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Title: Planetary giant impacts : simulating collisions and their consequences
Author: Kegerreis, Jacob Alexander
ISNI:       0000 0004 8501 5470
Awarding Body: Durham University
Current Institution: Durham University
Date of Award: 2019
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Giant impacts dominate many planets' late accretion and evolution, but the detailed consequences of these violent events are still poorly understood. In this thesis I use 3D smoothed particle hydrodynamics simulations of giant impacts to study three primary topics: the impact origin of Uranus' obliquity; numerical convergence with increasing resolution; and atmospheric erosion by giant impacts. To these ends, the SWIFT code is developed to model planetary impacts with 1000 times more simulation particles than the current standard, and an efficient method for creating relaxed initial conditions is presented. A suite of simulations of giant impacts onto the young Uranus confirms that the planet's high obliquity can be explained by a wide range of impact scenarios. For some grazing collisions, most of the impactor's ice and energy is deposited in a thin shell in the target's outer ice layer, which might help explain Uranus' observed lack of heat flow from the interior. Follow-up simulations with just over $10^8$ simulation particles reveal that standard simulations with fewer than $10^7$ particles fail to converge on even bulk properties like the post-impact rotation period, or on the detailed erosion of the atmosphere. Higher resolutions appear to determine these large-scale results reliably, but even $10^8$ particles may not be sufficient to study the detailed composition of scattered debris. This improvement in resolution then enables the first full, 3D simulations of atmospheric erosion on terrestrial planets by giant impacts. For head-on collisions, there is a rapid change with increasing impact speed from very little erosion to total loss. However, for grazing impacts there is a more gradual change with speed and a non-monotonic dependence on the impact angle. These projects highlight the necessity of high-resolution simulations in three dimensions to capture the complexity of giant impacts. In the final chapter, a model of the Moon's argon exosphere is used to test competing explanations for the strange features observed by the recent LADEE mission. The persistent overdensity of argon over the maria can only be reproduced by a localised endogenic source. This offers a novel probe of the lunar interior late after its origin in a giant impact.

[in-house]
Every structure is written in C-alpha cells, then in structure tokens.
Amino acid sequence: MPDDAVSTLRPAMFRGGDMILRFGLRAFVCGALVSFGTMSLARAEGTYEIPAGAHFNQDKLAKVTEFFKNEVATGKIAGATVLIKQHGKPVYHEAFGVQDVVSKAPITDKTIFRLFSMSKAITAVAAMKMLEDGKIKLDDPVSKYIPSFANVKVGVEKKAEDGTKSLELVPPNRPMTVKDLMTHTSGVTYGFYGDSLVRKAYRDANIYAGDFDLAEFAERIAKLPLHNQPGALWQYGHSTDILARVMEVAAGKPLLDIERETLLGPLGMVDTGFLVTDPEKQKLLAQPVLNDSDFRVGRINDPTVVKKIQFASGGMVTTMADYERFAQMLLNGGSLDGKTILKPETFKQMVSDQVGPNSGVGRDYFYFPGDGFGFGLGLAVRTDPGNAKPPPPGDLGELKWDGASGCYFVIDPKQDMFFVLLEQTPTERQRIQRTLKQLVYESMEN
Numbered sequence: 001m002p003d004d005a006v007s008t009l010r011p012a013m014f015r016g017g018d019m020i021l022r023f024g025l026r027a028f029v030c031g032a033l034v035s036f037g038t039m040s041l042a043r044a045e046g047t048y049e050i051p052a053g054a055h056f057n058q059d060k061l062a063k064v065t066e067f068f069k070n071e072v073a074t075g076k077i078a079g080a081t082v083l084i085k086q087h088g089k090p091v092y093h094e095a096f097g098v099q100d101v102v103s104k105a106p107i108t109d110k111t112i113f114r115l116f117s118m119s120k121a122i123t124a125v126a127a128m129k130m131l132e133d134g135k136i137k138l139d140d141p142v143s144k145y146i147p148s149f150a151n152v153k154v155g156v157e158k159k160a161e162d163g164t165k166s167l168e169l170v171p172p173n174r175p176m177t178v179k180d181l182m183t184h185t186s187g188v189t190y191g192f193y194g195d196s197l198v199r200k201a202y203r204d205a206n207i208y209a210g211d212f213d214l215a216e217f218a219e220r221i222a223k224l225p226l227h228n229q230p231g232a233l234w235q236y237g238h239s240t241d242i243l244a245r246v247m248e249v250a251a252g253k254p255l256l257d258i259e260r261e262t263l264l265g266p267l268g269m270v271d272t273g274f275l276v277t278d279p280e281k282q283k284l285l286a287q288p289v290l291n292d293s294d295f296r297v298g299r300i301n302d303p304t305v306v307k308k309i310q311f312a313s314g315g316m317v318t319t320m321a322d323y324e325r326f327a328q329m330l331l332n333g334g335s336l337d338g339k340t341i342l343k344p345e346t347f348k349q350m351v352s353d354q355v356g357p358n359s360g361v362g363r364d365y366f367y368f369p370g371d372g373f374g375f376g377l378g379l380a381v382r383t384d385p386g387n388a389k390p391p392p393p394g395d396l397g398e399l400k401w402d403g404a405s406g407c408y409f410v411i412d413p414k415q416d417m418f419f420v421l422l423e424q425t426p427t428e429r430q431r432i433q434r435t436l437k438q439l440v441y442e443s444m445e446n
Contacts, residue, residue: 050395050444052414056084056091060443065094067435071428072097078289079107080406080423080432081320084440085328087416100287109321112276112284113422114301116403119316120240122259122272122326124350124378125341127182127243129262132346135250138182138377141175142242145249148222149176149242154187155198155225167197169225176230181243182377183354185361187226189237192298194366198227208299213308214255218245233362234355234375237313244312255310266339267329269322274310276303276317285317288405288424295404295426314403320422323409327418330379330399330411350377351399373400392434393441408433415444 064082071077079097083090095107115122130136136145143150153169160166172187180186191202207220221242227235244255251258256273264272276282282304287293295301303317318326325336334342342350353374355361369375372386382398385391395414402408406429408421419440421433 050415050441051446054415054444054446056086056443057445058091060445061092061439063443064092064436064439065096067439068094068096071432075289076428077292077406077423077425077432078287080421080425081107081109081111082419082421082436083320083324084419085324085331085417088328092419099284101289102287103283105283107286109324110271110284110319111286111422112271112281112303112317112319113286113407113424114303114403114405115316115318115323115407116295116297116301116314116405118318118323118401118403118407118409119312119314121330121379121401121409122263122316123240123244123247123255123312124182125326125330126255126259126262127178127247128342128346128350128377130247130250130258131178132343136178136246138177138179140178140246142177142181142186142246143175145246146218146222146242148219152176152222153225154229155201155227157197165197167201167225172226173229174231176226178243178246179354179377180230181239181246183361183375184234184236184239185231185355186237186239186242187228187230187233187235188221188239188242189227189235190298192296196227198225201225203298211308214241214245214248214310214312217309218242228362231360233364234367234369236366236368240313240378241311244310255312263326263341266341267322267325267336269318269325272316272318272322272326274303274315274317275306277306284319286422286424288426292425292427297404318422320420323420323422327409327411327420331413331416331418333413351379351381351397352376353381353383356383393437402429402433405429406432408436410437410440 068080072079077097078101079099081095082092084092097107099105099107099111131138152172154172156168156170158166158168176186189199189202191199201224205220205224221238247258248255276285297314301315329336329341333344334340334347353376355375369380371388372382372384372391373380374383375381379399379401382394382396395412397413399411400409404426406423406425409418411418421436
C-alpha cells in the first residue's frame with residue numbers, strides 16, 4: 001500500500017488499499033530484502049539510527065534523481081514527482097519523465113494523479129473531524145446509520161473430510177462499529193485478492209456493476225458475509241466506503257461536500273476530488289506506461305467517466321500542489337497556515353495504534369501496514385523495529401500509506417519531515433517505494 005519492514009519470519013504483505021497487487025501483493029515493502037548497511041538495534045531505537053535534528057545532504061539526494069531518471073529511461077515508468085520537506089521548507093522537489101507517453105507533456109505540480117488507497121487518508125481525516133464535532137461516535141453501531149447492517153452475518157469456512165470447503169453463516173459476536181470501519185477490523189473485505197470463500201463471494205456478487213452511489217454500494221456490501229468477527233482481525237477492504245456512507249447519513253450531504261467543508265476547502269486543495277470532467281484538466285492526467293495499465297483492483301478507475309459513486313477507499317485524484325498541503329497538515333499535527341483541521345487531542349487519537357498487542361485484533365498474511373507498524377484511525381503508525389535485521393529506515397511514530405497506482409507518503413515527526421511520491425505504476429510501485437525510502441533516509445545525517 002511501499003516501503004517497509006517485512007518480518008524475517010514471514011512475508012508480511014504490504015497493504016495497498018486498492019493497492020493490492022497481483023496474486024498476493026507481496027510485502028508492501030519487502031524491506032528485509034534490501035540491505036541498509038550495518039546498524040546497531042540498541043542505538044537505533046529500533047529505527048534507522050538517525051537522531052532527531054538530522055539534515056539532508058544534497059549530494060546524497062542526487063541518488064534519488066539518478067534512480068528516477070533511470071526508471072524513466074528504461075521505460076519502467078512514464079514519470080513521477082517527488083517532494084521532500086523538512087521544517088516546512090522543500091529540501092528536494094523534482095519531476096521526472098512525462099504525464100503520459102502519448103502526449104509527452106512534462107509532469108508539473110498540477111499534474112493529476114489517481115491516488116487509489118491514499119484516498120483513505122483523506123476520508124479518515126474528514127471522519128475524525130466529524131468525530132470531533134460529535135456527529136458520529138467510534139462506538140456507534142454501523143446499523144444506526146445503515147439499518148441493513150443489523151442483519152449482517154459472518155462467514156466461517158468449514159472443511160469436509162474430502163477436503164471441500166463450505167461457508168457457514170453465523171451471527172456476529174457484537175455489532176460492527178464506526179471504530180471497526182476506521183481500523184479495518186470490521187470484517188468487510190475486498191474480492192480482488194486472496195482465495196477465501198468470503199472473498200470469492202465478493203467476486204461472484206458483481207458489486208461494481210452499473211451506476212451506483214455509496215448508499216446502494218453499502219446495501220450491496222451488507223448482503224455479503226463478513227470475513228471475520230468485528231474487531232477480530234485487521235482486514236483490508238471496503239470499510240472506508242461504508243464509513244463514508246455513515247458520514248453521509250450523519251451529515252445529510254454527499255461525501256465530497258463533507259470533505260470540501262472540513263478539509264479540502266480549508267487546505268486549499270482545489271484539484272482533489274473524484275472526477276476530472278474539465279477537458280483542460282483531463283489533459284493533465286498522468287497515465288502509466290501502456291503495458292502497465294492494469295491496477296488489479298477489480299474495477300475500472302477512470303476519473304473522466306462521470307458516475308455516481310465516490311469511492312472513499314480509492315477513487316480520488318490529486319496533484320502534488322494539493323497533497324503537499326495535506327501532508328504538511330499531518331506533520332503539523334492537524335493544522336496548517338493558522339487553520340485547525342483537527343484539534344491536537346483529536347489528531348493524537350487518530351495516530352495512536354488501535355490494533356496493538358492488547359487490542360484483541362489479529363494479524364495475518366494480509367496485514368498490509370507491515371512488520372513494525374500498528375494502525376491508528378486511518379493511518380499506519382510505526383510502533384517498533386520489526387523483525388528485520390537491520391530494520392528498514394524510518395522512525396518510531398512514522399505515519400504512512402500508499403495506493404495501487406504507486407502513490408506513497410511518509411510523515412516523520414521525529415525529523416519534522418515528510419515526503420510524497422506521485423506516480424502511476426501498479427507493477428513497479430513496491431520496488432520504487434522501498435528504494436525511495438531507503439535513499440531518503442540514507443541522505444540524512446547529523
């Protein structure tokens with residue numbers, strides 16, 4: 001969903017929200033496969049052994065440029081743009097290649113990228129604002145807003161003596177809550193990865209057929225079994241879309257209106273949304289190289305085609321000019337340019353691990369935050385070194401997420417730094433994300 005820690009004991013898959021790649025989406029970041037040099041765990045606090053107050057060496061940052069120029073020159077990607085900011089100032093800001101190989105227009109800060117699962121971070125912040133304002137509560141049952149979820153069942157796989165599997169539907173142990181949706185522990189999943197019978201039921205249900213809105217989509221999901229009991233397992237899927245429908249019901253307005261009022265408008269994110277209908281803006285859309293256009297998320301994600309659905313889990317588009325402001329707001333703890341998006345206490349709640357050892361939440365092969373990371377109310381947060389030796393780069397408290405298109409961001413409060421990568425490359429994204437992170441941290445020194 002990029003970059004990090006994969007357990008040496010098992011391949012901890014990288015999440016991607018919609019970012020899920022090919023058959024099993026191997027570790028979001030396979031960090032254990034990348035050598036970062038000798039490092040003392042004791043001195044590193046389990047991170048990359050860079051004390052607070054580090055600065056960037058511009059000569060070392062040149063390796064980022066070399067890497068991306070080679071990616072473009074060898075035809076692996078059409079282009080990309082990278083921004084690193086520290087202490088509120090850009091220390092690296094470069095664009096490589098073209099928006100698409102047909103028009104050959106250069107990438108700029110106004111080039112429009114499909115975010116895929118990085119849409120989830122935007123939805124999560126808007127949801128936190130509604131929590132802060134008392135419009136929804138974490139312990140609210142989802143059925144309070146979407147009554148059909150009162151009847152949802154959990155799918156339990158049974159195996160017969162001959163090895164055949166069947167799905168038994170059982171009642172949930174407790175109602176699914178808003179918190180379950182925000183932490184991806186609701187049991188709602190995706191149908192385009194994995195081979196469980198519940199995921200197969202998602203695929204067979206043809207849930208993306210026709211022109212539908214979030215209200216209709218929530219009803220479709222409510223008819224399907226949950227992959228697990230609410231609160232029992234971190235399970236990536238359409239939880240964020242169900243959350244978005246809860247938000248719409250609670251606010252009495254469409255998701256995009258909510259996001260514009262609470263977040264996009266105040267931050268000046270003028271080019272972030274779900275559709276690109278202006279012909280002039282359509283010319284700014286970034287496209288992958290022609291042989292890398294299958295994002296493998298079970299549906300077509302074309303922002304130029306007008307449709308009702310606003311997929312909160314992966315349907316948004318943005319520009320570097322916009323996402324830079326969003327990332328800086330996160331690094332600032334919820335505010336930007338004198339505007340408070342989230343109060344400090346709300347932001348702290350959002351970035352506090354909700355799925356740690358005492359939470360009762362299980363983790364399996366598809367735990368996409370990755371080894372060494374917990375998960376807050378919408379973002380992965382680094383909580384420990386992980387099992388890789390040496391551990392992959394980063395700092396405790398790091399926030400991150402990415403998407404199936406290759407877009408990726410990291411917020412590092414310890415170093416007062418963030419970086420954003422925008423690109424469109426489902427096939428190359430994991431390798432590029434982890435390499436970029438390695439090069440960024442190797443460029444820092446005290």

Supervisor: Not available Sponsor: Not available
Qualification Name: Thesis (Ph.D.) Qualification Level: Doctoral
EThOS ID:  DOI: Not available